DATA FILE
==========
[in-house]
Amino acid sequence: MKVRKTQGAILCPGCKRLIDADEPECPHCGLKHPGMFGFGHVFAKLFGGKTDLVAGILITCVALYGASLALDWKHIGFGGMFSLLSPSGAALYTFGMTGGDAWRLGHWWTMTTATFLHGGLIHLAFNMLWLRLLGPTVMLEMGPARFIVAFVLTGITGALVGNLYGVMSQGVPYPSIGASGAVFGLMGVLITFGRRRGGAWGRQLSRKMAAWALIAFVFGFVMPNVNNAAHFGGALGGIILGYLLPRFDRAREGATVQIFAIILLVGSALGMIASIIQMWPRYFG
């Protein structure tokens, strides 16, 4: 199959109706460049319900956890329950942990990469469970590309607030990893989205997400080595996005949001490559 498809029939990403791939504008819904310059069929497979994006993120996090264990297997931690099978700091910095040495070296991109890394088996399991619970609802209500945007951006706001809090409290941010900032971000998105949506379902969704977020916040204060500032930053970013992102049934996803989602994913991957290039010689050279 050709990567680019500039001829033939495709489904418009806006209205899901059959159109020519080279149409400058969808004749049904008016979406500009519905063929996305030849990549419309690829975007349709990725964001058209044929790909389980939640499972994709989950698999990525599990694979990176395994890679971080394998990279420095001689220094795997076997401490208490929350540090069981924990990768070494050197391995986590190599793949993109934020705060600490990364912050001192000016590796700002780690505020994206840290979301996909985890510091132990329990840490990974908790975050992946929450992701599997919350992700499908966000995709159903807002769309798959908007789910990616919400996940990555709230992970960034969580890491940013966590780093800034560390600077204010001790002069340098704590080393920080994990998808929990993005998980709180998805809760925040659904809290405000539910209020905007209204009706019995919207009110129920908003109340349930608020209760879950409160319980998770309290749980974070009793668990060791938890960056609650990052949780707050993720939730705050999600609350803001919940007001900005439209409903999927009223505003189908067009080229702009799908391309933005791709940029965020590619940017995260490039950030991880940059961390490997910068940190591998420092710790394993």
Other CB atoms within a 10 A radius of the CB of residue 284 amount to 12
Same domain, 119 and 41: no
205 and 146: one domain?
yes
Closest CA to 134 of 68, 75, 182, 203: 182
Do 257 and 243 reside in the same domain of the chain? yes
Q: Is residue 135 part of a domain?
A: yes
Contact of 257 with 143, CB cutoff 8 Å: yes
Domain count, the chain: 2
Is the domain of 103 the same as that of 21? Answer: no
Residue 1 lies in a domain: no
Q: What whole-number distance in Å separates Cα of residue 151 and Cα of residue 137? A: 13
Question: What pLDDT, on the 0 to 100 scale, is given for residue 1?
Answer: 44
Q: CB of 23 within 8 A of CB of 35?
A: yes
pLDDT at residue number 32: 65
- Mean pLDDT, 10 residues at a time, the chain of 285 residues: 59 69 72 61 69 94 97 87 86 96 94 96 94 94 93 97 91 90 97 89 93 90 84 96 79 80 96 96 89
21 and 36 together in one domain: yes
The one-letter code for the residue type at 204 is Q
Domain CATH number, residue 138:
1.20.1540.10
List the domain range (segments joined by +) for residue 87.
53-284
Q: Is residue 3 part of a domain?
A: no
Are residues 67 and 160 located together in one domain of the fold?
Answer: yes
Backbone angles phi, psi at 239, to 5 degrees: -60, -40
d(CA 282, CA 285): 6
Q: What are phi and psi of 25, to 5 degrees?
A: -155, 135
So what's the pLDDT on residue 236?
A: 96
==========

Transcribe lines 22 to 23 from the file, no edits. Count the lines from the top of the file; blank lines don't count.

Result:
- Mean pLDDT, 10 residues at a time, the chain of 285 residues: 59 69 72 61 69 94 97 87 86 96 94 96 94 94 93 97 91 90 97 89 93 90 84 96 79 80 96 96 89
21 and 36 together in one domain: yes